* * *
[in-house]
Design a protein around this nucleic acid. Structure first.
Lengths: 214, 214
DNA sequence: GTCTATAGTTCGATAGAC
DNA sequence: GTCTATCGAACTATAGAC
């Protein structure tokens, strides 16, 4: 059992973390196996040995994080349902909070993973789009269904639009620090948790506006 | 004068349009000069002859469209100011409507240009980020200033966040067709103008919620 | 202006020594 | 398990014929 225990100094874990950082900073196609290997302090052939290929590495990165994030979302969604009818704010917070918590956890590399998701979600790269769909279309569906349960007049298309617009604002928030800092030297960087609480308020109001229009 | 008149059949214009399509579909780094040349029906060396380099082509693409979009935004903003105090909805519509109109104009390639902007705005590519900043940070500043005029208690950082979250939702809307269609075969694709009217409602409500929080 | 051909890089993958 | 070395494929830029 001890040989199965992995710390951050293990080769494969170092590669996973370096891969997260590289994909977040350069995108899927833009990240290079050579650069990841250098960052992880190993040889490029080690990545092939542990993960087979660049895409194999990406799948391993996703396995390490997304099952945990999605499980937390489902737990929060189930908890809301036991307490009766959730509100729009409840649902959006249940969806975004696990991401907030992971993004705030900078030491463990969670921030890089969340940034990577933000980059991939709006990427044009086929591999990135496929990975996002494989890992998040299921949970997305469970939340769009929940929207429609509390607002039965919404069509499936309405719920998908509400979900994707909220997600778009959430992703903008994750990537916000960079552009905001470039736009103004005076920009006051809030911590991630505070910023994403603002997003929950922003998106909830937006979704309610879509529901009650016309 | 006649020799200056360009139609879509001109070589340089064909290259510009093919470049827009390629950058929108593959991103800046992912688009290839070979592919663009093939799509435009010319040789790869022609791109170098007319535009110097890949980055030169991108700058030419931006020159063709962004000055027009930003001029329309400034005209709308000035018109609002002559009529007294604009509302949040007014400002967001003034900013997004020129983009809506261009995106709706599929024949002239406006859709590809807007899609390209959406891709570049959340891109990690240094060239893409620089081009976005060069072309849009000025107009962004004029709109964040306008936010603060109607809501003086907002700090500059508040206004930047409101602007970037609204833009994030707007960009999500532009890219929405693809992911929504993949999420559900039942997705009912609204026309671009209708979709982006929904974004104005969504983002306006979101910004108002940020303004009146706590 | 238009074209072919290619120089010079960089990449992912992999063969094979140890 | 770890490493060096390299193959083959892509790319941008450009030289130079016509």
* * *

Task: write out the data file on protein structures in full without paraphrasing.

[in-house]
Design a protein around this nucleic acid. Structure first.
Lengths: 214, 214
DNA sequence: GTCTATAGTTCGATAGAC
DNA sequence: GTCTATCGAACTATAGAC
């Protein structure tokens, strides 16, 4: 059992973390196996040995994080349902909070993973789009269904639009620090948790506006 | 004068349009000069002859469209100011409507240009980020200033966040067709103008919620 | 202006020594 | 398990014929 225990100094874990950082900073196609290997302090052939290929590495990165994030979302969604009818704010917070918590956890590399998701979600790269769909279309569906349960007049298309617009604002928030800092030297960087609480308020109001229009 | 008149059949214009399509579909780094040349029906060396380099082509693409979009935004903003105090909805519509109109104009390639902007705005590519900043940070500043005029208690950082979250939702809307269609075969694709009217409602409500929080 | 051909890089993958 | 070395494929830029 001890040989199965992995710390951050293990080769494969170092590669996973370096891969997260590289994909977040350069995108899927833009990240290079050579650069990841250098960052992880190993040889490029080690990545092939542990993960087979660049895409194999990406799948391993996703396995390490997304099952945990999605499980937390489902737990929060189930908890809301036991307490009766959730509100729009409840649902959006249940969806975004696990991401907030992971993004705030900078030491463990969670921030890089969340940034990577933000980059991939709006990427044009086929591999990135496929990975996002494989890992998040299921949970997305469970939340769009929940929207429609509390607002039965919404069509499936309405719920998908509400979900994707909220997600778009959430992703903008994750990537916000960079552009905001470039736009103004005076920009006051809030911590991630505070910023994403603002997003929950922003998106909830937006979704309610879509529901009650016309 | 006649020799200056360009139609879509001109070589340089064909290259510009093919470049827009390629950058929108593959991103800046992912688009290839070979592919663009093939799509435009010319040789790869022609791109170098007319535009110097890949980055030169991108700058030419931006020159063709962004000055027009930003001029329309400034005209709308000035018109609002002559009529007294604009509302949040007014400002967001003034900013997004020129983009809506261009995106709706599929024949002239406006859709590809807007899609390209959406891709570049959340891109990690240094060239893409620089081009976005060069072309849009000025107009962004004029709109964040306008936010603060109607809501003086907002700090500059508040206004930047409101602007970037609204833009994030707007960009999500532009890219929405693809992911929504993949999420559900039942997705009912609204026309671009209708979709982006929904974004104005969504983002306006979101910004108002940020303004009146706590 | 238009074209072919290619120089010079960089990449992912992999063969094979140890 | 770890490493060096390299193959083959892509790319941008450009030289130079016509």